In ICALP ’07, volume 4596 of LNCS
, 2007
"... In the dedicatedkey setting, one starts with a compression function f: {0, 1} k ×{0, 1} n+d → {0, 1} n and builds a family of hash functions H f: K × M → {0, 1} n indexed by a key space K. This is different from the more traditional design approach used to build hash functions such as MD5 or SHA1, ..."
Abstract

Cited by 13 (1 self)
 Add to MetaCart
In the dedicatedkey setting, one starts with a compression function f: {0, 1} k ×{0, 1} n+d → {0, 1} n and builds a family of hash functions H f: K × M → {0, 1} n indexed by a key space K. This is different from the more traditional design approach used to build hash functions such as MD5 or SHA1, in which compression functions and hash functions do not have dedicated key inputs. We explore the benefits and drawbacks of building hash functions in the dedicatedkey setting (as compared to the more traditional approach), highlighting several unique features of the former. Should one choose to build hash functions in the dedicatedkey setting, we suggest utilizing multipropertypreserving (MPP) domain extension transforms. We analyze seven existing dedicatedkey transforms with regard to the MPP goal and propose two simple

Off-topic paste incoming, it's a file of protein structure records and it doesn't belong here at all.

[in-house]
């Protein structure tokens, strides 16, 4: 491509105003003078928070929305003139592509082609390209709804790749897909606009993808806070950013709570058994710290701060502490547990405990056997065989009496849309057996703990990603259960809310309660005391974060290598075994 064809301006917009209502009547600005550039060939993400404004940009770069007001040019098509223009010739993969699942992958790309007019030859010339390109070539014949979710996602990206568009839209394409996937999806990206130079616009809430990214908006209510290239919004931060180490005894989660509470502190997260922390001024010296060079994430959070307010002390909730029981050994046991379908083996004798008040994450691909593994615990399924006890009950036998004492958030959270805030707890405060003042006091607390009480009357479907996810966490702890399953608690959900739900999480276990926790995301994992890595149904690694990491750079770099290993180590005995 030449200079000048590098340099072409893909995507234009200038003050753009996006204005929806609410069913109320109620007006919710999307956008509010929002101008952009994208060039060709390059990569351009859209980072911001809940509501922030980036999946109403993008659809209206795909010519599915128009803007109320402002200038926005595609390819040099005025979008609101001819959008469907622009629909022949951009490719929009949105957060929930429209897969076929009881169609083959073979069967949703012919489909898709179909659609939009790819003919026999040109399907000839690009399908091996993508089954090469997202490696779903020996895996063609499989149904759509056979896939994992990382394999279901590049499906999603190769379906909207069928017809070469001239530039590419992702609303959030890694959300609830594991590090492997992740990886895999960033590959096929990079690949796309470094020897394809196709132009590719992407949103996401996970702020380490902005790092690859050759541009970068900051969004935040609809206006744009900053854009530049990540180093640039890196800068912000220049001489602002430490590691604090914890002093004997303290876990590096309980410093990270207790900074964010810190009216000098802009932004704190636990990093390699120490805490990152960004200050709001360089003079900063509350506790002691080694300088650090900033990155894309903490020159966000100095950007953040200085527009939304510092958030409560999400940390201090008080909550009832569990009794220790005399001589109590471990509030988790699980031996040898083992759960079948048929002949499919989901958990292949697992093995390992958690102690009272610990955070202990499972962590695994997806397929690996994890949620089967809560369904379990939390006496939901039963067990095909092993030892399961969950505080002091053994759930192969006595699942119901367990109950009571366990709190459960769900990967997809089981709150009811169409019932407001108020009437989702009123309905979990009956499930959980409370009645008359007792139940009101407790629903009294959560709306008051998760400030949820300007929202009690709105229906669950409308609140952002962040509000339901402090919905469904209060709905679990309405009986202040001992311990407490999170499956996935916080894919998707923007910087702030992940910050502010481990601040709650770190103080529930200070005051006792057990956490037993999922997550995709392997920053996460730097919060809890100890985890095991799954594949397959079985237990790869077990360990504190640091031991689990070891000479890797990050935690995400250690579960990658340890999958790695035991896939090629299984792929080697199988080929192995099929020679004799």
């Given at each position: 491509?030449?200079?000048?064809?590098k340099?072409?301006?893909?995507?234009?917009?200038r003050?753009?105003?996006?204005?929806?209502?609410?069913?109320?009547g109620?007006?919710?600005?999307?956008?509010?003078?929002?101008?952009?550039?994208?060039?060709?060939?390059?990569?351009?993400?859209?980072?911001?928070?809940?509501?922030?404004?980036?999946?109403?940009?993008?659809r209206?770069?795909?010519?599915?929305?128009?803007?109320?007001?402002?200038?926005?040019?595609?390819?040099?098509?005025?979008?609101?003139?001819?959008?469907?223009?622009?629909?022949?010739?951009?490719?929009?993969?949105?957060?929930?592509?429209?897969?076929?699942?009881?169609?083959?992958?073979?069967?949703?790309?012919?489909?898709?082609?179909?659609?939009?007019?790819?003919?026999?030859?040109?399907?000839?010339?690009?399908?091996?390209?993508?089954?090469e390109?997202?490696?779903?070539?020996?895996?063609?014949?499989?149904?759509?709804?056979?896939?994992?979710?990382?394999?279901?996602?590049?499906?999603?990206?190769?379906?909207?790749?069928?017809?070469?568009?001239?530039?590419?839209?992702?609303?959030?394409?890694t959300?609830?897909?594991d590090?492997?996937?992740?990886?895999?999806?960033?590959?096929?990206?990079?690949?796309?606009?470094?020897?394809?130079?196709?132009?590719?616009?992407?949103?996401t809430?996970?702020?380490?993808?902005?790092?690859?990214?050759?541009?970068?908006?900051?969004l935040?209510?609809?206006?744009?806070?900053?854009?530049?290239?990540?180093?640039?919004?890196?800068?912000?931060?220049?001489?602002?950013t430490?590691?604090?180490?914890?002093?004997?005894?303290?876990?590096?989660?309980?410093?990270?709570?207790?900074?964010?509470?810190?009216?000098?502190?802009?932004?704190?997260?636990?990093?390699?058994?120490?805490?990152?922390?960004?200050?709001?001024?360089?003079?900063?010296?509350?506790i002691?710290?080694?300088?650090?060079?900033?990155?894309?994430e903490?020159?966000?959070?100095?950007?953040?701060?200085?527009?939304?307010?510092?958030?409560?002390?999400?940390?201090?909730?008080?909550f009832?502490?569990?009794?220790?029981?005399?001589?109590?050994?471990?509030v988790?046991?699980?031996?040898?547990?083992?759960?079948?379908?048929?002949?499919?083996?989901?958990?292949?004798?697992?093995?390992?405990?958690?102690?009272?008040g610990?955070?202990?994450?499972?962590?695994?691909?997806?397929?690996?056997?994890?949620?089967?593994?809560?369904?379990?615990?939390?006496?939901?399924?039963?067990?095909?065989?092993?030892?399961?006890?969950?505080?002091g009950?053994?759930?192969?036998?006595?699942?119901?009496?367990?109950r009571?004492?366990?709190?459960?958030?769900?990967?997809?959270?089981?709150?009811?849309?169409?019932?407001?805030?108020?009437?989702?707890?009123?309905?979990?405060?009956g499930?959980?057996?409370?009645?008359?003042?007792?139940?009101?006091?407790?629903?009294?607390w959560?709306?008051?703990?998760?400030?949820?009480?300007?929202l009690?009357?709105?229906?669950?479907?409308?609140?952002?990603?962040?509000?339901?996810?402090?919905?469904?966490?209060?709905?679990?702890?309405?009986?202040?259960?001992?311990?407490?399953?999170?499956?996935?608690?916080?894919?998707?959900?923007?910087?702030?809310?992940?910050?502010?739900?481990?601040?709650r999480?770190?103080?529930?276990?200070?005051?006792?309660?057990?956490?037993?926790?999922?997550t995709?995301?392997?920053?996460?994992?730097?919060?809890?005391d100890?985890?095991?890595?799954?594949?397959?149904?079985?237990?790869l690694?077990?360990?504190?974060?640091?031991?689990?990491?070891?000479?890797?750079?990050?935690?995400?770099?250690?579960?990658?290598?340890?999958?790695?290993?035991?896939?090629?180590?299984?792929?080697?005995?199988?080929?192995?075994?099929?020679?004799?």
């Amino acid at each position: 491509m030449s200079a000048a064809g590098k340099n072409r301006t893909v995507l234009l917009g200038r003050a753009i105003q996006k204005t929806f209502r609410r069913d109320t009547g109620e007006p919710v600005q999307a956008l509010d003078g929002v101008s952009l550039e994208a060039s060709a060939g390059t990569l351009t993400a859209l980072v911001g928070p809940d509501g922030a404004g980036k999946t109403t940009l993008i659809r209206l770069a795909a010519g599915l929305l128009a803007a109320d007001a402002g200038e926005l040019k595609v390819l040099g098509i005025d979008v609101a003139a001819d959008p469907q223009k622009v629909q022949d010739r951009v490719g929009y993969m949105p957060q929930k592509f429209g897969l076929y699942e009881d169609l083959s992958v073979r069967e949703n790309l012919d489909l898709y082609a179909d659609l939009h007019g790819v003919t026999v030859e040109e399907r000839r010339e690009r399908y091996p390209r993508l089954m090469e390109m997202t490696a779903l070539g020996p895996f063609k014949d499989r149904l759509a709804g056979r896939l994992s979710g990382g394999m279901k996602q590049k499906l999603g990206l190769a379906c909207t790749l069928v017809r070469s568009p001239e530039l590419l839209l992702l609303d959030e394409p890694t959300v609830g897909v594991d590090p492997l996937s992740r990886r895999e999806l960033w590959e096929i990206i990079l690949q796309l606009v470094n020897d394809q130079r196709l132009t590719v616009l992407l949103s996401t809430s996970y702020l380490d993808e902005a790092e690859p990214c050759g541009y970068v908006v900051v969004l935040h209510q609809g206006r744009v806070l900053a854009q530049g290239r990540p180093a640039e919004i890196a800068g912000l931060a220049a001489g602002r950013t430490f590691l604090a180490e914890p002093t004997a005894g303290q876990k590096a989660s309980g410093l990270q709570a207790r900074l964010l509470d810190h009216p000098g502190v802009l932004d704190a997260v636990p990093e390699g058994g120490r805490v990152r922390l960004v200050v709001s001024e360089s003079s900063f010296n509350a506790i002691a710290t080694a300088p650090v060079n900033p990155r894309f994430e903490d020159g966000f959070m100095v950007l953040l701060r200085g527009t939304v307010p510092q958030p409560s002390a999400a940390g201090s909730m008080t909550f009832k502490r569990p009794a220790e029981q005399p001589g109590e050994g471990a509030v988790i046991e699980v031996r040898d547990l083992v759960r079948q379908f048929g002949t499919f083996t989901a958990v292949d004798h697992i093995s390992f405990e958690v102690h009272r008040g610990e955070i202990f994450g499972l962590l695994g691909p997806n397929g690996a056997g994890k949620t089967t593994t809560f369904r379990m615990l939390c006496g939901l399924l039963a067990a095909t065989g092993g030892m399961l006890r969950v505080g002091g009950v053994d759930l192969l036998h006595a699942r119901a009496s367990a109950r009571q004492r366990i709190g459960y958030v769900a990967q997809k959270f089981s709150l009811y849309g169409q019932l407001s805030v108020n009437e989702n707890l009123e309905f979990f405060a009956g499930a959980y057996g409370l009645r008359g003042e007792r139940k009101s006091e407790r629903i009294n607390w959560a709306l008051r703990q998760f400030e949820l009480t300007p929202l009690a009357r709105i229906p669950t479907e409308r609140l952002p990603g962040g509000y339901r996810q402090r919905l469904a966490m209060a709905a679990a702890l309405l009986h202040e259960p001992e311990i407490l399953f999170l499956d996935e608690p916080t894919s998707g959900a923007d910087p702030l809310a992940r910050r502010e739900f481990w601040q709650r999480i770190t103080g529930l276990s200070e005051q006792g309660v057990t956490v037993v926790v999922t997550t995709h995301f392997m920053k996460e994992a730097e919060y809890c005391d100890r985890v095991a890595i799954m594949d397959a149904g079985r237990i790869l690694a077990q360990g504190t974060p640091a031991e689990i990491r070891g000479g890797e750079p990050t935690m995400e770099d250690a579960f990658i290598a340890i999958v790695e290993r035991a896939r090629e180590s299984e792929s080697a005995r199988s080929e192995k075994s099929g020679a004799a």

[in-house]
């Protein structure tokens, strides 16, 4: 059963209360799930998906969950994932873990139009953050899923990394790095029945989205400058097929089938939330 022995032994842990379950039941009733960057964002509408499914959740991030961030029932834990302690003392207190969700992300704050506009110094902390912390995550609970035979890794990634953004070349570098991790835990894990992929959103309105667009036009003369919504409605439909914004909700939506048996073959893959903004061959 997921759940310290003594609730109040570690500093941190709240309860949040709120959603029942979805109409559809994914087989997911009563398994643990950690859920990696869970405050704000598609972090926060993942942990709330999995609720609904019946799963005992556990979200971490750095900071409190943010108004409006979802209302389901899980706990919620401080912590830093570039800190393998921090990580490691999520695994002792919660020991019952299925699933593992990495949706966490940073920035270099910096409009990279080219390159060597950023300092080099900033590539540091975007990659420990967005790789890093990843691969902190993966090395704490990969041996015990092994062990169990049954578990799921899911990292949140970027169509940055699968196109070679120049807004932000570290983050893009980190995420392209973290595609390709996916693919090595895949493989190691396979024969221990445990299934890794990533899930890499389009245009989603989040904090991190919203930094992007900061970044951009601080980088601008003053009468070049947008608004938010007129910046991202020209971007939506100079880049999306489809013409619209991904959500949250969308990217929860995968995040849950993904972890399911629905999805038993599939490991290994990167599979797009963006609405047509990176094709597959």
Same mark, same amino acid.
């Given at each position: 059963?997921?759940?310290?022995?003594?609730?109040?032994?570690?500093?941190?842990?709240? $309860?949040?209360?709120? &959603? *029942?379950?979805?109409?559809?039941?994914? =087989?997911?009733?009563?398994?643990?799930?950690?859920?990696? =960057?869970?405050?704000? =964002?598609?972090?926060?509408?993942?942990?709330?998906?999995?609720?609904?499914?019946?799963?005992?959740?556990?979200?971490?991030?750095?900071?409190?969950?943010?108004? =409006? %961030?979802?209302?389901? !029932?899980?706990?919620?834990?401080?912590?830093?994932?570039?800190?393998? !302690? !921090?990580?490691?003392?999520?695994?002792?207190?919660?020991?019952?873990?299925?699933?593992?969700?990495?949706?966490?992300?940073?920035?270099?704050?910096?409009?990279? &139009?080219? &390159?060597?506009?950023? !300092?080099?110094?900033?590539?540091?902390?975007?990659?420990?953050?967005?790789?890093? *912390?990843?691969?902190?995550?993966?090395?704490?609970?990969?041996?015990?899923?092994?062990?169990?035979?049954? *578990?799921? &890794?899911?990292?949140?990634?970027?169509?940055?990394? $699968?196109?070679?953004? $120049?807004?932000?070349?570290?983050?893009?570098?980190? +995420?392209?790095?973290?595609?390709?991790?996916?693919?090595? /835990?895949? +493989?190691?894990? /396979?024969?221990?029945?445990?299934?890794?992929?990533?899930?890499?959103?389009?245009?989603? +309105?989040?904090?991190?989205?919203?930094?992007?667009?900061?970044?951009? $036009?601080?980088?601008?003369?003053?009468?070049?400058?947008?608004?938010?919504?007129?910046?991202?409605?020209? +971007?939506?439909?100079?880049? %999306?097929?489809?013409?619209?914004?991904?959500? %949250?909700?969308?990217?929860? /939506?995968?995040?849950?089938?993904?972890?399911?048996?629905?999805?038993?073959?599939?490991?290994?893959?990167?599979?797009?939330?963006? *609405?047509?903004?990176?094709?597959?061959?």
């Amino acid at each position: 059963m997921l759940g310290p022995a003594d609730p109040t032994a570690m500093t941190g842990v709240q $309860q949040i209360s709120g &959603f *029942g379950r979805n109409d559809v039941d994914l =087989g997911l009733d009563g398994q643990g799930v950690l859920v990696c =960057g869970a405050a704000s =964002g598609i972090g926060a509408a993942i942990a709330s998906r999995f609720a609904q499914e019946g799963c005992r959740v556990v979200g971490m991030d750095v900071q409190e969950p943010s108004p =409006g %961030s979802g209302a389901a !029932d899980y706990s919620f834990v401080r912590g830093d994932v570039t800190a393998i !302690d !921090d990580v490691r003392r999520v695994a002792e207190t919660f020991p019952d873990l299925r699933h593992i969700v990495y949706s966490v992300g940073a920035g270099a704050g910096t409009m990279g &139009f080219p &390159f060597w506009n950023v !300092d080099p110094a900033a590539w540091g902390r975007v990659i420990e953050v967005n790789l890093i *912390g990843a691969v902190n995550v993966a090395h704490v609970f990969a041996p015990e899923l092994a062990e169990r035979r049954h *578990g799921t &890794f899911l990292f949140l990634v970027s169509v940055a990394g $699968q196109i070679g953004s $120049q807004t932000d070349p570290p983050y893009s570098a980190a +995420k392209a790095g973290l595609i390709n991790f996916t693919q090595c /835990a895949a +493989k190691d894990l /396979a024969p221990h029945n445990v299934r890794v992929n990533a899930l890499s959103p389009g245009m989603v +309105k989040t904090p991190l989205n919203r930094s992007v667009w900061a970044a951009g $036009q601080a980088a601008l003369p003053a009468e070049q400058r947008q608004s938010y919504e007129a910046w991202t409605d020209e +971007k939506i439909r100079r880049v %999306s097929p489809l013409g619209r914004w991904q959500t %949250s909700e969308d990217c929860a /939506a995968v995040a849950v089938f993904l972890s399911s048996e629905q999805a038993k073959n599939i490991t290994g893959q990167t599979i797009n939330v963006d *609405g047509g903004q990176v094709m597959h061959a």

How to Build a Hash Function from any CollisionResistant Function
, 2007
"... Recent collisionfinding attacks against hash functions such as MD5 and SHA1 motivate the use of provably collisionresistant (CR) functions in their place. Finding a collision in a provably CR function implies the ability to solve some hard problem (e.g., factoring). Unfortunately, existing provab ..."